After recently visiting the Dead Sea in Israel and not getting any skin burns, I was wondering about the reasons for that. Searching the literature, it seems that the UV radiation is indeed lower in the Dead Sea (ca. -400 m) compared to Beer Sheva (a nearby city at ca. +300 m): 1 2 3. Both UVA and UVB rays are lower, but UVB rays are attenuated the most.

These sources give mostly measurements, but hardly discuss the reasons for the lower radiation. I always thought that the ozone layer blocks most of the UV radiation, but here it seems that just a few hundred meters of atmosphere can greatly reduce the amount of incident UV.

What are the reasons for that? Is it simply because there are more air molecules that absorb the radiation?


1 Answer 1


You are almost totally correct when you asked:

What are the reasons for that? Is it simply because there are more air molecules that absorb the radiation?

The Ozone Layer blocks most of UVB, but does not affect the amount UVA entering the atmosphere (as seen in the illustration below):

enter image description here

(Image source)

But there is a little more to it than that. From NASA's Earth Observatory's webpage What Determines How Much Ultraviolet Radiation Reaches the Earth’s Surface?, elevation's role in attenuating UVB (and by similar processes, UVA):

high elevations UV-B radiation travels through less atmosphere before it reaches the ground, and so it has fewer chances of encountering radiation-absorbing aerosols or chemical substances (such as ozone and sulfur dioxide) than it does at lower elevations.

The aerosols absorb and scatter incident UV radiation. So nearer to the surface, there is a greater concentration that the light must pass through - and as the altitude decreases, the UV radiation path is therefore increased, so the further 'down' in altitude, the more the air mass and an increased presence of aerosols absorb and scatter solar UV radiation.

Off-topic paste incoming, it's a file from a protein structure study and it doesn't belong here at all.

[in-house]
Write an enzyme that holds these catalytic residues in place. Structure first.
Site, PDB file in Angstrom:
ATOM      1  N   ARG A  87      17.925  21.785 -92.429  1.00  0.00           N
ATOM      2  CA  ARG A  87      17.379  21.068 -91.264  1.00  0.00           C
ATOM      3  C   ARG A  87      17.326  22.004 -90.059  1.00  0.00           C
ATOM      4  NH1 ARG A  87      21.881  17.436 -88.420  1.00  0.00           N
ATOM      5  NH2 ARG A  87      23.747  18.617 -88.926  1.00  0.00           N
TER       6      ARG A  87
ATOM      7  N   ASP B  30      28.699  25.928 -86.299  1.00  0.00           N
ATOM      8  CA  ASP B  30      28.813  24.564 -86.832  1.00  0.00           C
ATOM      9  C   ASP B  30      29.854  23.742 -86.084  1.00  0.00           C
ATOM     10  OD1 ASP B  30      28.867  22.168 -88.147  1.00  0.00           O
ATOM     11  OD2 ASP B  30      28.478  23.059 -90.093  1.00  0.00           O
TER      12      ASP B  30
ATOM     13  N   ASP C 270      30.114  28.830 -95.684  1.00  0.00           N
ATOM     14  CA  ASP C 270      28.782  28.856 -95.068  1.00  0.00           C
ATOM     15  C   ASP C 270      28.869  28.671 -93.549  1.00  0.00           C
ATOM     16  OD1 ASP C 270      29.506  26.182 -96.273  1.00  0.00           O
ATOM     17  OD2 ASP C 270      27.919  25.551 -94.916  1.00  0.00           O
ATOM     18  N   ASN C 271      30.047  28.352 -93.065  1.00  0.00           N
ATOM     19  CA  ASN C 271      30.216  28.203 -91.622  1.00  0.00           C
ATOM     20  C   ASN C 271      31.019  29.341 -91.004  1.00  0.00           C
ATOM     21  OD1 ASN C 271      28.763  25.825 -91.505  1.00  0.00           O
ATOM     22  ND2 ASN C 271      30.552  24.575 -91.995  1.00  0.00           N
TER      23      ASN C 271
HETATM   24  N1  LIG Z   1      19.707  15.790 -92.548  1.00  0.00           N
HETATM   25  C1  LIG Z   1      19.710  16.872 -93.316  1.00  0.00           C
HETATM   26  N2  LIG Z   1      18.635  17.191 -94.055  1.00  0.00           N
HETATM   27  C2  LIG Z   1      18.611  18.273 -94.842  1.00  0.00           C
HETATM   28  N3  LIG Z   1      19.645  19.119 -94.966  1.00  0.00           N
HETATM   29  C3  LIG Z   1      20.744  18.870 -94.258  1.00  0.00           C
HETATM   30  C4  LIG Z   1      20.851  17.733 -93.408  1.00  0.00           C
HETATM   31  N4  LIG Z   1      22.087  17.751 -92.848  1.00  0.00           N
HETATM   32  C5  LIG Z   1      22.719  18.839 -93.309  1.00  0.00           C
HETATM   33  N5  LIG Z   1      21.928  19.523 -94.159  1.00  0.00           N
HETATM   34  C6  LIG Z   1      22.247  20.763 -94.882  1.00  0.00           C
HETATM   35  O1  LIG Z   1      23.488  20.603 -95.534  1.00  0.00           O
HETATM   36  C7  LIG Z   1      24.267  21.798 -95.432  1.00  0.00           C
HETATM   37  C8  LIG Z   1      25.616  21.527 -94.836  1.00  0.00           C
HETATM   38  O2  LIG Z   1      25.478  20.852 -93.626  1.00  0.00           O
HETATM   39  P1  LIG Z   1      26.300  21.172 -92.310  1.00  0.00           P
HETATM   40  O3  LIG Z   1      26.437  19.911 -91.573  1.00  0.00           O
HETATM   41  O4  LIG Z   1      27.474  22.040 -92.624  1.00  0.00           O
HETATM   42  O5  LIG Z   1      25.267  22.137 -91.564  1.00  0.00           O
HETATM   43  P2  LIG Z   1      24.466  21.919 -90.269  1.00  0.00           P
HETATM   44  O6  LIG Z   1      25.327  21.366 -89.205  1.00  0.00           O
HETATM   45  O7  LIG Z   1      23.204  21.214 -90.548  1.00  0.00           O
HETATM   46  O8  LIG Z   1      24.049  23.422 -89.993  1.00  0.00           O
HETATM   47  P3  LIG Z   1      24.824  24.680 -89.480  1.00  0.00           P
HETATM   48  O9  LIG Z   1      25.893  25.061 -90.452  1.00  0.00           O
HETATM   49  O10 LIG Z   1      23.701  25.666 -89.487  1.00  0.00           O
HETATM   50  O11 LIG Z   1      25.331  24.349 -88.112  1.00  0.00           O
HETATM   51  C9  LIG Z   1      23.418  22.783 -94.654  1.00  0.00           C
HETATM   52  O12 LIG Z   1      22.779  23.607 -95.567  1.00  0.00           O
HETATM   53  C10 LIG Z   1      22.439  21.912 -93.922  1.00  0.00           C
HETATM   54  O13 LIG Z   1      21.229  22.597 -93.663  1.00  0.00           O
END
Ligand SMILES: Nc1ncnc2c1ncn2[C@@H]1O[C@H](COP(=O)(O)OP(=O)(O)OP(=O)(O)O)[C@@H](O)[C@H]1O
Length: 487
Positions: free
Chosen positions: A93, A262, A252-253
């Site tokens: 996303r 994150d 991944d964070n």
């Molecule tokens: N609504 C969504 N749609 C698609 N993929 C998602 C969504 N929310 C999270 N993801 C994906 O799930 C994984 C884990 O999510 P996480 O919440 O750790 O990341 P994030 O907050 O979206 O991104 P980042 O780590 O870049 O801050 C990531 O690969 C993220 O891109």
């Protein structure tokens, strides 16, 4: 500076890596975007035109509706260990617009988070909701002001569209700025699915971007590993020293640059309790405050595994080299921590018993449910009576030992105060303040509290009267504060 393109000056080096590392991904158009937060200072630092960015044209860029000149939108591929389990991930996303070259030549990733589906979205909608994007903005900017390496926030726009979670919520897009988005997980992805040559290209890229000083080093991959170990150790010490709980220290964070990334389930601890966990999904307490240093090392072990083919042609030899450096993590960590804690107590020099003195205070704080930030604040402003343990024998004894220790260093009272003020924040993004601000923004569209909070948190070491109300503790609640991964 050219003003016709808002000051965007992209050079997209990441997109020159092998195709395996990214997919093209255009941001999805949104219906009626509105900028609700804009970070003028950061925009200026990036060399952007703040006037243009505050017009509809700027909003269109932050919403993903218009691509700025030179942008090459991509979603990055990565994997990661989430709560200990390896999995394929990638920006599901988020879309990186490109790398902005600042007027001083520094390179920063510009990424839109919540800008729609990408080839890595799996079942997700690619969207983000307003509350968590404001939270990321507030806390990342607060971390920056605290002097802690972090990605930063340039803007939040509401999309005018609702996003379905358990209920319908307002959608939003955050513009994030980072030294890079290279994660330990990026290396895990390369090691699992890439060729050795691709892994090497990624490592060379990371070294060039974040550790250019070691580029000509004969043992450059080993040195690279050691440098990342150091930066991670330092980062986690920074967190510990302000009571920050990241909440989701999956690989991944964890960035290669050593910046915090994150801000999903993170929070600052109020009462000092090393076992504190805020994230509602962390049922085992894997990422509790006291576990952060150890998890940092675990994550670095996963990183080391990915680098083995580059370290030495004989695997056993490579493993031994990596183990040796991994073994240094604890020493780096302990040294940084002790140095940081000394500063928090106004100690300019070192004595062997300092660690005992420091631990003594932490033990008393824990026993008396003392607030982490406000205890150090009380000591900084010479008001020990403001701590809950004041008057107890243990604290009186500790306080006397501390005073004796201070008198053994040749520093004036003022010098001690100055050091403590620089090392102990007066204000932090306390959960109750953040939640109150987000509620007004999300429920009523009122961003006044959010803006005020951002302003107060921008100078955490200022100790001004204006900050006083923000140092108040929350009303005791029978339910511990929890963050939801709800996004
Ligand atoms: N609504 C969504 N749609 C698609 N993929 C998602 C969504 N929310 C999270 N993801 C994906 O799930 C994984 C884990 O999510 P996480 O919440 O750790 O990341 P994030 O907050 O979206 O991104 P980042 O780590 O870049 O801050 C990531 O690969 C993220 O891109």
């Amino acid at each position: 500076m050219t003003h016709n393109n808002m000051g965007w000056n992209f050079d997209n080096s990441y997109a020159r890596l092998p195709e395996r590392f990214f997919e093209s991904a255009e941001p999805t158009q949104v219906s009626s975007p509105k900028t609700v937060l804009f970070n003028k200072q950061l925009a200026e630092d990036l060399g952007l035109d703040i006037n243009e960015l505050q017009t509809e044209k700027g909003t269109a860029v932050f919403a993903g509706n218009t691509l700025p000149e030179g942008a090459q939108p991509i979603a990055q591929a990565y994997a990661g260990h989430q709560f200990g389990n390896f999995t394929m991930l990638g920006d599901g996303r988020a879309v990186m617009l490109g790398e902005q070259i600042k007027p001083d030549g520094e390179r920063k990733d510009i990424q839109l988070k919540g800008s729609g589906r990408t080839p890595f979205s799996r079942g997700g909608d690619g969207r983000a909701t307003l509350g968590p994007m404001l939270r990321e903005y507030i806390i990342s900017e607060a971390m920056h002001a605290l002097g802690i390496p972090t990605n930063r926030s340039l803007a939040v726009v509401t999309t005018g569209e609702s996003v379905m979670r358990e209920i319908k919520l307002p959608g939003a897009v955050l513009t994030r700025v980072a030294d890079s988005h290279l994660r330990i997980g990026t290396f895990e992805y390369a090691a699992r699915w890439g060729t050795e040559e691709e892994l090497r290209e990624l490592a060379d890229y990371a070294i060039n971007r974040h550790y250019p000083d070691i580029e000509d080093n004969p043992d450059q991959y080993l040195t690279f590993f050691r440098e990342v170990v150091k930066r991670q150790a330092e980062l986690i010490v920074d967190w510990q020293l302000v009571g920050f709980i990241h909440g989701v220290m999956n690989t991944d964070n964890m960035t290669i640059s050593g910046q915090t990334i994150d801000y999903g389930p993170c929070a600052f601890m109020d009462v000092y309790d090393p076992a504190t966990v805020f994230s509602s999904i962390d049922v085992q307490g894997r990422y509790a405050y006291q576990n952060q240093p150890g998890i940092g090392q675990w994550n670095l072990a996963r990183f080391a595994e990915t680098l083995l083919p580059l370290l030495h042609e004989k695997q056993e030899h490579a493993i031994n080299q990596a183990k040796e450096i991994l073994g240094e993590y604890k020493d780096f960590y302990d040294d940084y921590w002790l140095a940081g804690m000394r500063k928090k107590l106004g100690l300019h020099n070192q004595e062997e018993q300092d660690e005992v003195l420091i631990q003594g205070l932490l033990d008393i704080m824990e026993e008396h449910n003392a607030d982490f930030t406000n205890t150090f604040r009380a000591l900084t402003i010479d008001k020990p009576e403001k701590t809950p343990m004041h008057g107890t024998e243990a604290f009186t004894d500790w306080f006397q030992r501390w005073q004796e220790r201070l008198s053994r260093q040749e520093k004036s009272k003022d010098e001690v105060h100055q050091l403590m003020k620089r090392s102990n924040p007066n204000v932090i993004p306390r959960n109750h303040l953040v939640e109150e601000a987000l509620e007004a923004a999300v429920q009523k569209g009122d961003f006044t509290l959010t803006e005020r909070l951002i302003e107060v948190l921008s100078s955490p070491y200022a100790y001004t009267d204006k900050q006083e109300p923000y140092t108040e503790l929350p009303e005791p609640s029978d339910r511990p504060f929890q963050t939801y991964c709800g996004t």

In respect to the aerosols in area you have specified (the Dead Sea), according to the first link in your question, The Analysis of the Ultraviolet Radiation in the Dead Sea Basin, Israel (Kudish et al. 1997), they state

the air above the Dead Sea is characterized by a relatively high aerosol content due to the very high salt content of the Dead Sea

Their results indicate that

The relative attenuation in the ultraviolet range as a function of wavelength, i.e. site-specific spectral selectivity, decreases with increasing wavelength.

thus, indicating that the attenuation is also wavelength dependent.

  • $\begingroup$ Could it be that the Dead Sea, being a lower elevation area rimmed by mountains on both sides, also has unusually large aerosol contents in the air? $\endgroup$
    – Gimelist
    Commented Nov 2, 2014 at 5:17
  • $\begingroup$ Quite possibly, particularly mineral dust $\endgroup$
    – user889
    Commented Nov 2, 2014 at 5:18
  • $\begingroup$ @Michael I added a bit more to my answer with respect to your comment query $\endgroup$
    – user889
    Commented Nov 2, 2014 at 5:46
  • 1
    $\begingroup$ @Michael, yes, you are right, they have focused on one mechanism - that's why this is a good question. Site specific spectral selectivity is that specific wavelengths and ranges of wavelengths are attenuated by local aerosols and conditions. $\endgroup$
    – user889
    Commented Nov 2, 2014 at 5:57
  • 1
    $\begingroup$ This one of solar irradiance makes the point a little better I think. The point is that the absorption continues to occur where the atmosphere gets thicker (e.g. below sea level), which would make the differences between top of atmosphere and surface even greater upload.wikimedia.org/wikipedia/commons/thumb/e/e7/… $\endgroup$
    – f.thorpe
    Commented Nov 7, 2014 at 17:20

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